Recognizing Eating Disorders in Men and Boys
image via freeimages.com/EdwinPijpe
By Laura Cipullo, RD, CDE, CEDRD
In 2013, the results of a 12-year study were published by JAMA Pediatrics revealing the toll body image issues and eating disorders were taking on teen boys. Over 1/3 of the boys in that study had binged or purged; about 9 percent were very concerned with the look of their muscles; 6 percent were worried about their “thinness,” and about 2 percent had used supplements, growth hormone derivative or steroids in pursuit of what they considered to be the ideal body.
As ANAD (National Association of Anorexia Nervosa and Associated Disorders) points out, “no ethnic, gender or socioeconomic group is immune to the dangers of this disease. In regards to gender, 1 in 10 cases of these [eating] disorders involve males. This means that hundreds of thousands of males are affected.”
The 1 in 10 number is somewhat controversial, as the JAMA study reports it might actually be closer to 1 in 4.
ANAD also points out that doctors are not as likely to diagnose eating disorders in men, and that men with bulimia may be less likely to seek treatment because they consider it a “female” disease.
One thing that may complicate diagnosis is that eating disorders can look different in men than in women: “There are some males who do want to be thinner and are focused on thinness,” lead study author Alison Field said, “but many more are focused on wanting bigger or at least more toned and defined muscles.” Because we are so used to seeing thinness associated with eating disorders, it can be hard to recognize bulking up as a dangerous problem.
Eating disorders are not necessarily caused by the media, but the media can certainly play a part in how we feel about our appearance, and young people are especially impressionable. Health sites and magazines for men often encourage a buffer body, one that can only be obtained by hours spent in the gym. Male celebrities — like their female counterparts — have also been chastised for not looking “perfect” enough.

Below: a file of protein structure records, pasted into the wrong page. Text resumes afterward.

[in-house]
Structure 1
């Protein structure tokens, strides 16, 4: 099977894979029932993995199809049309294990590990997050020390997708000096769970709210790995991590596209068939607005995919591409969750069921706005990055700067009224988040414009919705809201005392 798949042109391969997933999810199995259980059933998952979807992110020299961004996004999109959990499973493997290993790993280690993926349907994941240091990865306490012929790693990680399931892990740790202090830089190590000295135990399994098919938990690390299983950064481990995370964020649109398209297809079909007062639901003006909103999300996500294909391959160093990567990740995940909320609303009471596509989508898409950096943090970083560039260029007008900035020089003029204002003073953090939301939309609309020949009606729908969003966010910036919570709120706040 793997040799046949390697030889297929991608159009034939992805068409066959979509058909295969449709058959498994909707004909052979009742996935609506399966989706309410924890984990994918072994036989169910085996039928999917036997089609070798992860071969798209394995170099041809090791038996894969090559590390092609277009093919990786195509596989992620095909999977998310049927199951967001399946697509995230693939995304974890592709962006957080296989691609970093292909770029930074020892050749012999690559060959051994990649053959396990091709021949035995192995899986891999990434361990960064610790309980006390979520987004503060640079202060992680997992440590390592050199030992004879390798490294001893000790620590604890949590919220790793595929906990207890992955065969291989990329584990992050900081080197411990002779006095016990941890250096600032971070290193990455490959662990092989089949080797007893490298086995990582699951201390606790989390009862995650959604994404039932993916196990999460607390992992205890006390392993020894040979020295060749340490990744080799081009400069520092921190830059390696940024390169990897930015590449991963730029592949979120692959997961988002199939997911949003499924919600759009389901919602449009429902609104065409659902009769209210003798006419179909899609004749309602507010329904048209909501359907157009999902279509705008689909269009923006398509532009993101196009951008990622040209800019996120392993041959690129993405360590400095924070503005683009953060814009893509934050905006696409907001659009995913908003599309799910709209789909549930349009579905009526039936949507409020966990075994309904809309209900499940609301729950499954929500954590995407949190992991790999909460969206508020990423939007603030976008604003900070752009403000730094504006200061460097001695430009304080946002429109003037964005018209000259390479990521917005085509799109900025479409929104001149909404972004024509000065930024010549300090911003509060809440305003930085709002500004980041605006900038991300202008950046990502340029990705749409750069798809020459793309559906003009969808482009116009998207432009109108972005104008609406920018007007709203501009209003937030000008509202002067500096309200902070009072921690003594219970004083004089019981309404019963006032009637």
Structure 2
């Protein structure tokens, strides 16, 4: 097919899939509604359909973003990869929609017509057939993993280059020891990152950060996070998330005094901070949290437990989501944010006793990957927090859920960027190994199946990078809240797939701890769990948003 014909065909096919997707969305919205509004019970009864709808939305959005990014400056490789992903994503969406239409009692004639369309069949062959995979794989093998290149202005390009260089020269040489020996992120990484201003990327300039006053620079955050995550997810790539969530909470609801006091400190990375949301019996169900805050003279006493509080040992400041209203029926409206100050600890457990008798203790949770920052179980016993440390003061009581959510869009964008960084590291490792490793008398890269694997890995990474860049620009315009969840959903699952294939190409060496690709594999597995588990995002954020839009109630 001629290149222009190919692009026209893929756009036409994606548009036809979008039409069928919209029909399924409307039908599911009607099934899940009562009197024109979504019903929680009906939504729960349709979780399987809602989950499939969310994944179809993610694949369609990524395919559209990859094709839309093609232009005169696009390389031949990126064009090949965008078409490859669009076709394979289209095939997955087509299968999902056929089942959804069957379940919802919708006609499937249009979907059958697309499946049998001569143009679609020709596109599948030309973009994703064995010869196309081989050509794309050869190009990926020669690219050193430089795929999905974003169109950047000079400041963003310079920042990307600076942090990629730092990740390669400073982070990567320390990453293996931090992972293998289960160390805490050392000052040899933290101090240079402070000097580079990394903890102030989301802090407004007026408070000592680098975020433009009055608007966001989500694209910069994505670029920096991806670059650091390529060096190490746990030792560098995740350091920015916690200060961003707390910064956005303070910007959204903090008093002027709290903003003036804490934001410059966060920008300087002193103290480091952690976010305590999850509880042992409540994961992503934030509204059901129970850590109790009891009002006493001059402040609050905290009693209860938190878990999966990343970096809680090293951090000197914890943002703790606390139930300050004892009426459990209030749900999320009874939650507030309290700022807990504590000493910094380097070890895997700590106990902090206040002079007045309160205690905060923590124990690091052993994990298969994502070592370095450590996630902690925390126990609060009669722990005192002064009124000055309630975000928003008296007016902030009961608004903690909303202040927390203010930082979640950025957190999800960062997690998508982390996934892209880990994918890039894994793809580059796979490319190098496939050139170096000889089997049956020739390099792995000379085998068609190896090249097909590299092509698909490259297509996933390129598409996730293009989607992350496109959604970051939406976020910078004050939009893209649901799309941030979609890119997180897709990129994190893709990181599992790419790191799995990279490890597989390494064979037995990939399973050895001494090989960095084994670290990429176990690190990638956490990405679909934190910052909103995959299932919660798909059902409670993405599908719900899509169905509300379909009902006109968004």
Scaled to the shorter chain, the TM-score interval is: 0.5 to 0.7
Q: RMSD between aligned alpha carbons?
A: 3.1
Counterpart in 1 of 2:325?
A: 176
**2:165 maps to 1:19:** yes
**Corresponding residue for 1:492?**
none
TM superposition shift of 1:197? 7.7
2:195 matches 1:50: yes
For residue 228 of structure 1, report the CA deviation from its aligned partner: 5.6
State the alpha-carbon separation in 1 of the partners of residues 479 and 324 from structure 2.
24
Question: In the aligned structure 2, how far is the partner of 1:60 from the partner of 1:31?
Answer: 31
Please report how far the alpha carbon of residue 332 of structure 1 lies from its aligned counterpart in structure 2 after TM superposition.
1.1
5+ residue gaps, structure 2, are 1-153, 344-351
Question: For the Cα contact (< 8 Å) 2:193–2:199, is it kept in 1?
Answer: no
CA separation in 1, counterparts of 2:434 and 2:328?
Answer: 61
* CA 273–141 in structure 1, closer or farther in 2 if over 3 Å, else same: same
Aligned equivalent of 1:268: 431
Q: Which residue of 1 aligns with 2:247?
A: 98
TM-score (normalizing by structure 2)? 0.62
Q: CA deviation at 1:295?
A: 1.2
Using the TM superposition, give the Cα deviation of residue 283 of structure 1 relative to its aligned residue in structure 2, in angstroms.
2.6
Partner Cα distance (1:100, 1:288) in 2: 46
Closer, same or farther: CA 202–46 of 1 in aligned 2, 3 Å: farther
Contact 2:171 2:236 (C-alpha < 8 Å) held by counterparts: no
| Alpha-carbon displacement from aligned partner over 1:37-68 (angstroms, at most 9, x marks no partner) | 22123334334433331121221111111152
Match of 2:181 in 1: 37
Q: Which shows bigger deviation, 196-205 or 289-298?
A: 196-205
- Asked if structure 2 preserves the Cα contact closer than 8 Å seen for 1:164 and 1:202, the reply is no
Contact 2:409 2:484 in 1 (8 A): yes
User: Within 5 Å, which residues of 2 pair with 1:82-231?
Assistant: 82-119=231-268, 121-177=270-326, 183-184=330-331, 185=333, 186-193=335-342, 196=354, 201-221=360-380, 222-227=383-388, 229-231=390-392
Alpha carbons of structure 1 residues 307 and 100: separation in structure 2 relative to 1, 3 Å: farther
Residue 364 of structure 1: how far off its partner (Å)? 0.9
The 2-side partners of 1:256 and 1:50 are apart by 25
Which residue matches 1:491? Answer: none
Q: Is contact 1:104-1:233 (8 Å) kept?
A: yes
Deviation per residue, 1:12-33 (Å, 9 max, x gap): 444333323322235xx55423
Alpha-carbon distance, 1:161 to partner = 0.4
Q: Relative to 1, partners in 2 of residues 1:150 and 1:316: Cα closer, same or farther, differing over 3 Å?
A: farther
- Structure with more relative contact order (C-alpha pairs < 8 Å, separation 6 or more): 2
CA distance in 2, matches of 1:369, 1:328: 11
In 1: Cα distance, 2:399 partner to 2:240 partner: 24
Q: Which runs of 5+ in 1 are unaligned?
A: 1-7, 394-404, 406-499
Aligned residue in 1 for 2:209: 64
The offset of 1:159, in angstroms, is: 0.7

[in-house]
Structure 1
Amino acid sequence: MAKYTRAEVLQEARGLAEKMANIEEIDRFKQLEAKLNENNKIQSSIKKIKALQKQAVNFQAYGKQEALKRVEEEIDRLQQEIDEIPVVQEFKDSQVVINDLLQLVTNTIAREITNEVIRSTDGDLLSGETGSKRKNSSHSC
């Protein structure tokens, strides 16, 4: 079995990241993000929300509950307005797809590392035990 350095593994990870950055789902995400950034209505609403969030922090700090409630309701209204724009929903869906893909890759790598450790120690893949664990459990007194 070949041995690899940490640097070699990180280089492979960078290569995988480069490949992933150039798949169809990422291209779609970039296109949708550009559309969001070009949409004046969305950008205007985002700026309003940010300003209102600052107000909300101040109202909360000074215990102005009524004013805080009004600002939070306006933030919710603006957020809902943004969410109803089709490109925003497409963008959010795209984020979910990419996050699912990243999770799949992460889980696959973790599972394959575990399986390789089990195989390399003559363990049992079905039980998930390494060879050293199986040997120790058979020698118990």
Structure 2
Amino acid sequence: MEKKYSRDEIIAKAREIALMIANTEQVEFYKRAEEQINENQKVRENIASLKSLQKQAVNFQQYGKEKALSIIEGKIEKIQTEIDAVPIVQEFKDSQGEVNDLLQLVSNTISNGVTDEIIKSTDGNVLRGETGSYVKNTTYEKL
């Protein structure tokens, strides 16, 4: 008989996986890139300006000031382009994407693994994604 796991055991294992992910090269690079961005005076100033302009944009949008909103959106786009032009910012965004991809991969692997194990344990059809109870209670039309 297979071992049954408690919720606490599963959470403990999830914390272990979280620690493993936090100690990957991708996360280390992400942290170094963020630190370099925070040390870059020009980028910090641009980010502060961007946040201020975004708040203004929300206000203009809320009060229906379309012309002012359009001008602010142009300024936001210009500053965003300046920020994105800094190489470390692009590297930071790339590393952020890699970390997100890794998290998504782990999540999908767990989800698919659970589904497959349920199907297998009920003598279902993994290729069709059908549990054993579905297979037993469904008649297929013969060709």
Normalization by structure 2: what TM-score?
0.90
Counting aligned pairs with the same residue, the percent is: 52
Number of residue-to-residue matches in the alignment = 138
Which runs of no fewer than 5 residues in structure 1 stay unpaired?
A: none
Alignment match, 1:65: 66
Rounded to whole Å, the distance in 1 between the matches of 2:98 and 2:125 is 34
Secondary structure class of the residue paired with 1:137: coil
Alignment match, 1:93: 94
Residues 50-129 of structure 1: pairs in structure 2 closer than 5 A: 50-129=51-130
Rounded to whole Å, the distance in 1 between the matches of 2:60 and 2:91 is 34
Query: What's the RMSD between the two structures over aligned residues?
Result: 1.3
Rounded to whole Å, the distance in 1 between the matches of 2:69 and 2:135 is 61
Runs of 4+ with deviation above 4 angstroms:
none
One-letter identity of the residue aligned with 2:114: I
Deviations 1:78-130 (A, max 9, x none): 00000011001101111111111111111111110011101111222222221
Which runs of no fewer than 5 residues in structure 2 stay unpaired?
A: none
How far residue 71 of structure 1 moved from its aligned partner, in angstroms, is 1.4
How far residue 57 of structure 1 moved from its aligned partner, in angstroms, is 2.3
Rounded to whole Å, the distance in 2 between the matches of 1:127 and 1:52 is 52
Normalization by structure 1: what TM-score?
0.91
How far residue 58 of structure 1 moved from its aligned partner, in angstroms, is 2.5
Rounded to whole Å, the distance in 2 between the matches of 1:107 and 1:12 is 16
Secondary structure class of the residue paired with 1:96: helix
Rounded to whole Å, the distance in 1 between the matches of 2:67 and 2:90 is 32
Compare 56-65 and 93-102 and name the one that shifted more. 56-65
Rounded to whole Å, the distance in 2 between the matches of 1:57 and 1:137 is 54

In 2015, The Boston Globe published a story announcing that we have officially “entered the era of man shaming,” citing instances of Sam Smith being called “ugly” and “fat” by Howard Stern, and Leo DiCaprio being made fun of in several media outlets for the way he looked wearing shorts on a beach.
More recently, actor Wentworth Miller was criticized by fans for gaining weight, which led the actor to reveal he had been suffering from depression, an eating disorder and had been suicidal.
“One day, out for a hike in Los Angeles with a friend, we crossed paths with a film crew shooting a reality show,” he wrote. “Unbeknownst to me, paparazzi were circling. They took my picture, and the photos were published alongside images of me from another time in my career. ‘Hunk To Chunk.’ ‘Fit To Flab.’ Etc.”
Eventually, he came to see that picture of himself as something not to be ashamed of, but rather something that reminded him of the struggle he had been through.
The medical community, parents and the public at large need to be made more aware that eating disorders can strike anyone, so that boys and men can get the help they need.
Here are some tips to ID eating disorder behaviors in boys and/or men.
Be aware if the person:
Confronting someone who has an eating disorder isn’t easy, but it might be necessary if you want to give him the best chance of recovery. Don’t be afraid to start the conversation.